victor-gorelickVictor Gorelick is an institution at Archie Comics. He is the companies, Vice President and Managing Editor. Next year marks his 50th Anniversary with Archie Comics.  Victor was nice enough to answer 10 questions for First Comics News


1) In an industry with a lot of turn over, how did you maintain steady employment with the same company for 50 years?


Victor: I would like to think  the main reason I’ve been with the company all these years, is that my contributions as an art director/production manager and eventually managing editor, has contributed to the ongoing success and longevity of Archie Comics.


2) What is the main differences working at Archie Comics for Louis Silberkleit & John Goldwater and  working at Archie Comics for Michael Silberkleit & Richard Goldwater?


Victor: I have been working for Michael and Richard for almost 50 years.  A lot has changed in the world of Archie, the world and our culture, and the comic and magazine industry.  As the leading newsstand publisher, we continue to increase our sales into other areas like the direct market and mass market  chains, supermarkets and drug chains.  25 years ago, it would have been unthinkable for Archie Comics to publish Graphic Novels, now we have more than 30 active titles and many more in the works. 25 years ago, there was no internet. Now, our website receives more than 20 million hits a month. Also, Richard Goldwater and Michael Silberkleit have been more receptive to new ideas and I believe are more in touch with our core readership.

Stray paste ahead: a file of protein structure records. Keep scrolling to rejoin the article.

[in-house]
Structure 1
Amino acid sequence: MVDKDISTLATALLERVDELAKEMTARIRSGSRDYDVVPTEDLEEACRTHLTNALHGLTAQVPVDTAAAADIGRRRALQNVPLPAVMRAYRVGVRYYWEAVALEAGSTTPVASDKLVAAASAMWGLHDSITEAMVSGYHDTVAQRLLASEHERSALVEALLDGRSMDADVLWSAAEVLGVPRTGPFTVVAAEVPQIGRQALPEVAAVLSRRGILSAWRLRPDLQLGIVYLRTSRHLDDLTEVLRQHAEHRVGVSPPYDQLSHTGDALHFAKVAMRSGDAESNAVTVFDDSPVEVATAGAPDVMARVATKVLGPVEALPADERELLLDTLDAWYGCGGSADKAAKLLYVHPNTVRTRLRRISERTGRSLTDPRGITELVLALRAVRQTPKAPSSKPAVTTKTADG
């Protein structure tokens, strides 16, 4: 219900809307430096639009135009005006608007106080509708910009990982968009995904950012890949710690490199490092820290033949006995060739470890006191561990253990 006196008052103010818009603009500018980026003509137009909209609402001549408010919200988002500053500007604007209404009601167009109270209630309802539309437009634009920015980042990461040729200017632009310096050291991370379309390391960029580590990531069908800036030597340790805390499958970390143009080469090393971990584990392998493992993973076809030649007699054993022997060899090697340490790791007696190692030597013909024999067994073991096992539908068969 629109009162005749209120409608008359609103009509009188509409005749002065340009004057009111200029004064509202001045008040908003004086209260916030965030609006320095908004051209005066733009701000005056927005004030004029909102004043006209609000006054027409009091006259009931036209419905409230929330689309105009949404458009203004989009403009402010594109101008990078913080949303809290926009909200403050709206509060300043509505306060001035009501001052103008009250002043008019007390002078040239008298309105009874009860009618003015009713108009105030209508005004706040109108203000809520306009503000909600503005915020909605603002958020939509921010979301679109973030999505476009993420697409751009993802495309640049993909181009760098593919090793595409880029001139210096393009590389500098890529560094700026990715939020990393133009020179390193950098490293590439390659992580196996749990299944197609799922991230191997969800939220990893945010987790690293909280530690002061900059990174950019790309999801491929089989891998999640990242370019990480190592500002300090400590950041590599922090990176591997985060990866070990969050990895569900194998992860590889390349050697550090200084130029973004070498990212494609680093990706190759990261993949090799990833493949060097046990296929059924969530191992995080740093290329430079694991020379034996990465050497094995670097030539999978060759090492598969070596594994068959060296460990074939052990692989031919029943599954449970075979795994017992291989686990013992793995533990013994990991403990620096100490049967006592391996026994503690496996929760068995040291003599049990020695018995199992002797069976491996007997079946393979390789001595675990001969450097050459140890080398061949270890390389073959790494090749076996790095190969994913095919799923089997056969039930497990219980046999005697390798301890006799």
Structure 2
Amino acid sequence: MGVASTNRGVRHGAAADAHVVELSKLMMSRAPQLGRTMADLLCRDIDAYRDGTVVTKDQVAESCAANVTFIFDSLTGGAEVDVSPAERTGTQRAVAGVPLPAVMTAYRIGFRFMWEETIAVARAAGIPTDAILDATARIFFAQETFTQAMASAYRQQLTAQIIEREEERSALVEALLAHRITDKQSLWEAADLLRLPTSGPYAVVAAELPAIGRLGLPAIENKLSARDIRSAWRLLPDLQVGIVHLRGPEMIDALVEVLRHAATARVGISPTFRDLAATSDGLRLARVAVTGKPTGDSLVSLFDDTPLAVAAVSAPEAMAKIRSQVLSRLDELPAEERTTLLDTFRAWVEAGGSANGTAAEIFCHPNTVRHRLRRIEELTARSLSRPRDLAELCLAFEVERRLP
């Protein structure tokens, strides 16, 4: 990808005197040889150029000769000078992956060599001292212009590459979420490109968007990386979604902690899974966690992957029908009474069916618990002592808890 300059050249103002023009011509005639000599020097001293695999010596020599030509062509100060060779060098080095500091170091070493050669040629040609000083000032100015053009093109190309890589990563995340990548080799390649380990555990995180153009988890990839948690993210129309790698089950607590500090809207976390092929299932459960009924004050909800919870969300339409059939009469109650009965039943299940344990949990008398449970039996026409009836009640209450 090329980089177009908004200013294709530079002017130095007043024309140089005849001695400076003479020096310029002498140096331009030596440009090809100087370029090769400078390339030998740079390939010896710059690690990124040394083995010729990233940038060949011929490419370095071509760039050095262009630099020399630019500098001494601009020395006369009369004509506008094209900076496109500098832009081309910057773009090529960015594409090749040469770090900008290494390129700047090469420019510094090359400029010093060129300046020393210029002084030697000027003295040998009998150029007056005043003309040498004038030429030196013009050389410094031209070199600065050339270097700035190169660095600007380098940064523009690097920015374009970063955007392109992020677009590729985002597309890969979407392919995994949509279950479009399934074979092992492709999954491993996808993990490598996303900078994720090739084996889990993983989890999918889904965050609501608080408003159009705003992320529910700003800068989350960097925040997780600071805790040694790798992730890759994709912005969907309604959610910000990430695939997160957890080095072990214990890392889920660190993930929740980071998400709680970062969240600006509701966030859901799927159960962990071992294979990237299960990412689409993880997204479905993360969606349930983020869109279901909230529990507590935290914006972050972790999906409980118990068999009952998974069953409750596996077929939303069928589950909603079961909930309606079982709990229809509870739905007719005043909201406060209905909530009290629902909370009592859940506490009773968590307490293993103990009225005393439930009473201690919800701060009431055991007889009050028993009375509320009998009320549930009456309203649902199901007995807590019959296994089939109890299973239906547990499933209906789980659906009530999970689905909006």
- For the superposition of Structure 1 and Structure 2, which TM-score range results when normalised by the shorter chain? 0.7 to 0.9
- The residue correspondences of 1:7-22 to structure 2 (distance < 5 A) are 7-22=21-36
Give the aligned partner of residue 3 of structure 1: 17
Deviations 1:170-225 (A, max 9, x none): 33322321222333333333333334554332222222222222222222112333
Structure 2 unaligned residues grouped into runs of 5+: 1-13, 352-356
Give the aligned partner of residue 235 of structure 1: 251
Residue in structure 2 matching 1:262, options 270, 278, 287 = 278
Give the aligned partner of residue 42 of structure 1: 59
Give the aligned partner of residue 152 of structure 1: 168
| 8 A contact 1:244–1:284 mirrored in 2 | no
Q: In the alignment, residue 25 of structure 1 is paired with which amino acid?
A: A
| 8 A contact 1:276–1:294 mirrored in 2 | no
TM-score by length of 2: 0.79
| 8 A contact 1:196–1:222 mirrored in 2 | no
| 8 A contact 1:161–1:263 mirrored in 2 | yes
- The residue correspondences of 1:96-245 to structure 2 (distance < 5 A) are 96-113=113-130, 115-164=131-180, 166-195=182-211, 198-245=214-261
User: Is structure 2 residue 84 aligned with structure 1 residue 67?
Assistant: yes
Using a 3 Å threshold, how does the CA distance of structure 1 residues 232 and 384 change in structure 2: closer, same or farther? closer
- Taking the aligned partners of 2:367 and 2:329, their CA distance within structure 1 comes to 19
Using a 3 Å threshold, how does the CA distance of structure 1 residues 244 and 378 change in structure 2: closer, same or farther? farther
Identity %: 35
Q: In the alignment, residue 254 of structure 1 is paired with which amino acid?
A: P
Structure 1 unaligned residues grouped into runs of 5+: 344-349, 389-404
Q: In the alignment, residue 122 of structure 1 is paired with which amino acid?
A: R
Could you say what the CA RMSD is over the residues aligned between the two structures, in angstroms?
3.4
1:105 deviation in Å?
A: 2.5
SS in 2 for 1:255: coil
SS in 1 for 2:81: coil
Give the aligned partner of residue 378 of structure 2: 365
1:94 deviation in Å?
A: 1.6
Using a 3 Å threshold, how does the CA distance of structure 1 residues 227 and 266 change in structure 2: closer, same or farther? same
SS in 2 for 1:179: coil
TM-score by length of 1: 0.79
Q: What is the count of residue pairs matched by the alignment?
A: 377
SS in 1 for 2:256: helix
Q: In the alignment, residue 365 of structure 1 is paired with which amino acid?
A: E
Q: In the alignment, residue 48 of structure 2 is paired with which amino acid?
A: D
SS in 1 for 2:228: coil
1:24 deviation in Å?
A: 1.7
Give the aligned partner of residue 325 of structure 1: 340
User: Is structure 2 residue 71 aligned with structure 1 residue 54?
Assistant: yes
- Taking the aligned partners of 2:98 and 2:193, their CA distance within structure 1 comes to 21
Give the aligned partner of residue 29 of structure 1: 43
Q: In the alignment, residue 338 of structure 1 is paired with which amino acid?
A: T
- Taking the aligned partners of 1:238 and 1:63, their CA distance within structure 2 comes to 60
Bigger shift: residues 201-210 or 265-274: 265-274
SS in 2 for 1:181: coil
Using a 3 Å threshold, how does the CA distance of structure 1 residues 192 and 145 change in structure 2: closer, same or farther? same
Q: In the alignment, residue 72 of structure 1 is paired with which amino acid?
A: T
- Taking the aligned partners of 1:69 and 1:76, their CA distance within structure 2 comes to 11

3) Are Archie Comics funnier now then they were 50 years ago when you first joined the company?


Victor: The stories produced in the forties, fifties and sixties, in my opinion were funnier.  However, what was funny then is not necessarily funny now.


4) Do you have to worry about being politically correct with your humor and does that limit story ideas?


Victor: We’ve been taken to task occasionally over a reprint story from the fifties because in 2007 it may not be politically correct, or something a parent might not want their child to imitate.  We pride ourselves in responding personally to each complaint (there aren’t many), and find that parents are greatful that we took the time to respond. We would never intentionally run a story the parents or our readers would find objectionable.  We have to walk a thin line to produce good, clean, wholesome stories through the medium of humor. Humor is universal and you don’t have to be sensational to be funny.  Remember, the bulk of our readers are kids and we can’t ever lose sight of that fact.  Recently, we started Bety & Veronica blogs on our website  Today, thousands of readers blog our characters and each other on our website.  Each blog is carefully read by our “Fairy Blog Mother” to see that nothing inappropriate goes on our site.  At the same time, we are encouraging our readers to use their writing and communicating skills.  Educators love us.


5) Who are the comic book greats that started working for you at Archie when they were unknowns?